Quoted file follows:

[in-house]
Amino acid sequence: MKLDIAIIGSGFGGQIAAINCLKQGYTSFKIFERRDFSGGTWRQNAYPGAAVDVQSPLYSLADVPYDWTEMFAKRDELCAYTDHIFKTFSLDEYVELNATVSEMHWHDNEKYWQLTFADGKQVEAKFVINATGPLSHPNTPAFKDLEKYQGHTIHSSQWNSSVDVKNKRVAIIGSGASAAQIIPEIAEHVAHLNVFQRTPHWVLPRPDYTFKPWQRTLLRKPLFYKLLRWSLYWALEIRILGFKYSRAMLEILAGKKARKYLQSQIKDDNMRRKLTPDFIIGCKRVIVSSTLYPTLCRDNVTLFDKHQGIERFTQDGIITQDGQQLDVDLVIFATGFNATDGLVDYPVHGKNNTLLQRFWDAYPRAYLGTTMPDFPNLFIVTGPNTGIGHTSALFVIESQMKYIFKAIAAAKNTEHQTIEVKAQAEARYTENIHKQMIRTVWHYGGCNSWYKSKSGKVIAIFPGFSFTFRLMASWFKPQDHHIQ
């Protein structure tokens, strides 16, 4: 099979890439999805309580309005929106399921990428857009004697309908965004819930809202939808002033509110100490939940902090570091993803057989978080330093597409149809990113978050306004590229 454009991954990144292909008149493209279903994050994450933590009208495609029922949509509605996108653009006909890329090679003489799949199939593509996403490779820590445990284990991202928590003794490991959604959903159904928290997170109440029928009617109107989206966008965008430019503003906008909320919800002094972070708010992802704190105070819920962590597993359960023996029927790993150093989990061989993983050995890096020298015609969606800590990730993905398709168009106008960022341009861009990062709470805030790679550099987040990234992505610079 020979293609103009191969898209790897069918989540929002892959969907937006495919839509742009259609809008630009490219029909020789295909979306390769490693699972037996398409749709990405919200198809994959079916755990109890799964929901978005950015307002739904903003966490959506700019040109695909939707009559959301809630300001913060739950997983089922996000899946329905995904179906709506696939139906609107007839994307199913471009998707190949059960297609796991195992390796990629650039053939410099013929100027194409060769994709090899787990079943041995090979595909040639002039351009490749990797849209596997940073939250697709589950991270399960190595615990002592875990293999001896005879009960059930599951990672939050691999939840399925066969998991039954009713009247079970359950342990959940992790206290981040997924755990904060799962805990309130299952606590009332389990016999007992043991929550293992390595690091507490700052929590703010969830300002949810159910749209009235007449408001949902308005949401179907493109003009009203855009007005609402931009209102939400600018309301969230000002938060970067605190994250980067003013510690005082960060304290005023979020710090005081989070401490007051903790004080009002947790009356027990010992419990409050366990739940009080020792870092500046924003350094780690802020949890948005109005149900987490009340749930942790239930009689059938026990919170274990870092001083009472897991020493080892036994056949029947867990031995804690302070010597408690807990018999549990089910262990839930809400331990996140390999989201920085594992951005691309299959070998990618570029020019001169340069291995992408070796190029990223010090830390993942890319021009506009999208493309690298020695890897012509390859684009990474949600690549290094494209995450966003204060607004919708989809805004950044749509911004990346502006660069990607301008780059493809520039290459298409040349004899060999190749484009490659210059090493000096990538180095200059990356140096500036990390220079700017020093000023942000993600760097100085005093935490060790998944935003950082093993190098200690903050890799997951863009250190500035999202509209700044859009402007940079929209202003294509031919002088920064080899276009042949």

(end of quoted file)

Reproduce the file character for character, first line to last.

[in-house]
Amino acid sequence: MKLDIAIIGSGFGGQIAAINCLKQGYTSFKIFERRDFSGGTWRQNAYPGAAVDVQSPLYSLADVPYDWTEMFAKRDELCAYTDHIFKTFSLDEYVELNATVSEMHWHDNEKYWQLTFADGKQVEAKFVINATGPLSHPNTPAFKDLEKYQGHTIHSSQWNSSVDVKNKRVAIIGSGASAAQIIPEIAEHVAHLNVFQRTPHWVLPRPDYTFKPWQRTLLRKPLFYKLLRWSLYWALEIRILGFKYSRAMLEILAGKKARKYLQSQIKDDNMRRKLTPDFIIGCKRVIVSSTLYPTLCRDNVTLFDKHQGIERFTQDGIITQDGQQLDVDLVIFATGFNATDGLVDYPVHGKNNTLLQRFWDAYPRAYLGTTMPDFPNLFIVTGPNTGIGHTSALFVIESQMKYIFKAIAAAKNTEHQTIEVKAQAEARYTENIHKQMIRTVWHYGGCNSWYKSKSGKVIAIFPGFSFTFRLMASWFKPQDHHIQ
């Protein structure tokens, strides 16, 4: 099979890439999805309580309005929106399921990428857009004697309908965004819930809202939808002033509110100490939940902090570091993803057989978080330093597409149809990113978050306004590229 454009991954990144292909008149493209279903994050994450933590009208495609029922949509509605996108653009006909890329090679003489799949199939593509996403490779820590445990284990991202928590003794490991959604959903159904928290997170109440029928009617109107989206966008965008430019503003906008909320919800002094972070708010992802704190105070819920962590597993359960023996029927790993150093989990061989993983050995890096020298015609969606800590990730993905398709168009106008960022341009861009990062709470805030790679550099987040990234992505610079 020979293609103009191969898209790897069918989540929002892959969907937006495919839509742009259609809008630009490219029909020789295909979306390769490693699972037996398409749709990405919200198809994959079916755990109890799964929901978005950015307002739904903003966490959506700019040109695909939707009559959301809630300001913060739950997983089922996000899946329905995904179906709506696939139906609107007839994307199913471009998707190949059960297609796991195992390796990629650039053939410099013929100027194409060769994709090899787990079943041995090979595909040639002039351009490749990797849209596997940073939250697709589950991270399960190595615990002592875990293999001896005879009960059930599951990672939050691999939840399925066969998991039954009713009247079970359950342990959940992790206290981040997924755990904060799962805990309130299952606590009332389990016999007992043991929550293992390595690091507490700052929590703010969830300002949810159910749209009235007449408001949902308005949401179907493109003009009203855009007005609402931009209102939400600018309301969230000002938060970067605190994250980067003013510690005082960060304290005023979020710090005081989070401490007051903790004080009002947790009356027990010992419990409050366990739940009080020792870092500046924003350094780690802020949890948005109005149900987490009340749930942790239930009689059938026990919170274990870092001083009472897991020493080892036994056949029947867990031995804690302070010597408690807990018999549990089910262990839930809400331990996140390999989201920085594992951005691309299959070998990618570029020019001169340069291995992408070796190029990223010090830390993942890319021009506009999208493309690298020695890897012509390859684009990474949600690549290094494209995450966003204060607004919708989809805004950044749509911004990346502006660069990607301008780059493809520039290459298409040349004899060999190749484009490659210059090493000096990538180095200059990356140096500036990390220079700017020093000023942000993600760097100085005093935490060790998944935003950082093993190098200690903050890799997951863009250190500035999202509209700044859009402007940079929209202003294509031919002088920064080899276009042949």